So you may have noticed twitter recently tweaked its user interface design, this got us around to thinking that we could use some of that screen real estate for a bit of extra marketing for our business translation service.
It turns out we were a bit late to the party, many companies are already adopting the idea. You may have seen a few profiles that place extra information in their twitter background or design their image to fit around the feed, have you ever wondered how its done? We can show you the ropes, to do it accurately you need a template. This removes much of the trial and error out of getting things lined up as intended.
If you haven’t come across this idea before, you visit our twitter page where you can see the kind of thing we mean (just a sample for the time being).
In the interests of goodwill we thought we’d share the knowledge gained (and a custom template) for doing this. A big shout needs to go out to John Souza & Andrew Macarthy who’s sites provided most of the information we used, if you’d rather build your own template from scratch just follow either of their instructions.
Getting started with the twitter background template
First you need to understand that because of the way twitter works and the number of different screen sizes people use for viewing the internet, you cant design a perfect solution. There will be a proportion of visitors that will not be able to see your background as you intend, but what you can do is design for the majority.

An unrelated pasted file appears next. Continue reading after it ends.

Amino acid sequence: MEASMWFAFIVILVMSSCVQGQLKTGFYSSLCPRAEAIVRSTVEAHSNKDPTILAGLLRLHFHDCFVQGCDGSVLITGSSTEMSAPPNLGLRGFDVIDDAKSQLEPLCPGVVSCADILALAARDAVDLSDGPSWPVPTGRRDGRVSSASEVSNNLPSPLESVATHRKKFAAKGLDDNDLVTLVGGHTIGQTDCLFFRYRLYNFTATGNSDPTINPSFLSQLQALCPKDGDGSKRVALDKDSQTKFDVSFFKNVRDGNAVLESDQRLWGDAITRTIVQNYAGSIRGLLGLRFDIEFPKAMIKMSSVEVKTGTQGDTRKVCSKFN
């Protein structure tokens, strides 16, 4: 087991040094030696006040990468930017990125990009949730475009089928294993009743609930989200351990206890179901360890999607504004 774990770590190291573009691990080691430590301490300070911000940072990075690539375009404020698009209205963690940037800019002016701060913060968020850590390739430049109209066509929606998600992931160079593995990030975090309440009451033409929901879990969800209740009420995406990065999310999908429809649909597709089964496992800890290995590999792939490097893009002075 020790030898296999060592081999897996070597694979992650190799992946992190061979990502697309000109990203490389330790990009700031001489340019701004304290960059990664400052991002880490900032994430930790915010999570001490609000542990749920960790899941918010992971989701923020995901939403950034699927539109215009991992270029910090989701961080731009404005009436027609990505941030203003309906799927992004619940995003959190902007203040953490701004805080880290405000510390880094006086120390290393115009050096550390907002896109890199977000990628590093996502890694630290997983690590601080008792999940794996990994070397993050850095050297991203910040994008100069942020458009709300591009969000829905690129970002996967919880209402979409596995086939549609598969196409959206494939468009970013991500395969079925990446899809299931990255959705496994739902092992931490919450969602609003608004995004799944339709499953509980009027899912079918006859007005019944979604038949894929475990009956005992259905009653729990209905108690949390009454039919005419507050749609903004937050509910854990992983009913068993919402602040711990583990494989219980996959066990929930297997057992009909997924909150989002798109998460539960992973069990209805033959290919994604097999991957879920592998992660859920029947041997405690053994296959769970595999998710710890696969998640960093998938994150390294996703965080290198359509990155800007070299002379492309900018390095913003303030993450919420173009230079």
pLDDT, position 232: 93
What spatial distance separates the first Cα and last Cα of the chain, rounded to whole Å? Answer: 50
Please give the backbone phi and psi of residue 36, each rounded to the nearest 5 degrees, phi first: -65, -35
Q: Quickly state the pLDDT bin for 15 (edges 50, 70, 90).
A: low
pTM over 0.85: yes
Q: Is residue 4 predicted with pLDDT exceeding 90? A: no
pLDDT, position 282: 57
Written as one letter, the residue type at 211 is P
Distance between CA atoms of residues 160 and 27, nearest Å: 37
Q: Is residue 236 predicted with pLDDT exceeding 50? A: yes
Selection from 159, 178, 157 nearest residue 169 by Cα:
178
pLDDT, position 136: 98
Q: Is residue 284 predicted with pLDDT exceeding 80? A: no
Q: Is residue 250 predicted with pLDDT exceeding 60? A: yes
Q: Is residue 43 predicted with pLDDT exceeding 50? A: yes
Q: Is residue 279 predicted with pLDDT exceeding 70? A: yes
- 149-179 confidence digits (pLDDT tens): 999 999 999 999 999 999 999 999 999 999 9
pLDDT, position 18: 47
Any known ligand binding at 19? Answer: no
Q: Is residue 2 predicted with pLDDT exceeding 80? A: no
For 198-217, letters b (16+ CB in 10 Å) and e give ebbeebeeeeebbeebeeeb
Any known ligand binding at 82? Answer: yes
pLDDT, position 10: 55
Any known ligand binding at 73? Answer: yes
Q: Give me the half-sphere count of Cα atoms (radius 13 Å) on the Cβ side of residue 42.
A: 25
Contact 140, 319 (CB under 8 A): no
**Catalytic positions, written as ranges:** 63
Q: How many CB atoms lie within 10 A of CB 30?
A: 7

For the sake of argument (as results vary depending where you look), the most common desktop screen resolutions are 1024×768, 1366×768, 1280×800, 1920×1080
You will need some experience of image editing programs such as Adobe Photoshop to properly make use of this template, so if that’s not your thing this might not be useful to you.
(The files are stored in a zip archive that you may require additional software to open, such as winzip)
Load either template (jpg or PSD) into your image editor.
The whole template is 1920×1200 in size, this is because there are very few people using larger resolutions at present (less than 1%). As you can see the middle area is taken up by the twitter feed and other information boxes. This remains the same size regardless of screen size (892px wide) and is always centred in the browser.
The green boxes represent the viewable background area for different resolutions. According to the statistics 1366×768 & 1280×800 account for the most common screen resolutions overall. With this in mind you should ensure that any information you really want to be seen is within these areas.
If you want to be even more precise, ensure that this information is placed within the dotted red lines as it is likely to be visible to around 50% (the most possible as of 2014) of visitors using desktop machines.
Place your imagery over the template making sure to keep key information in the highlighted areas. Don’t neglect your design for the bigger resolutions though, ensure it fills the entire template to have the best overall effect.
When you are happy with your design save it as a Jpeg and upload the entire image to twitter via:
Cog icon (top right) > Settings > Design >Change background – Important: make sure you change ‘background position’ to ‘Centre’ or the design will not position reliably
That’s all there is to it. Feel free to share this page with your friends & make sure to let us know if it helped you in the comments.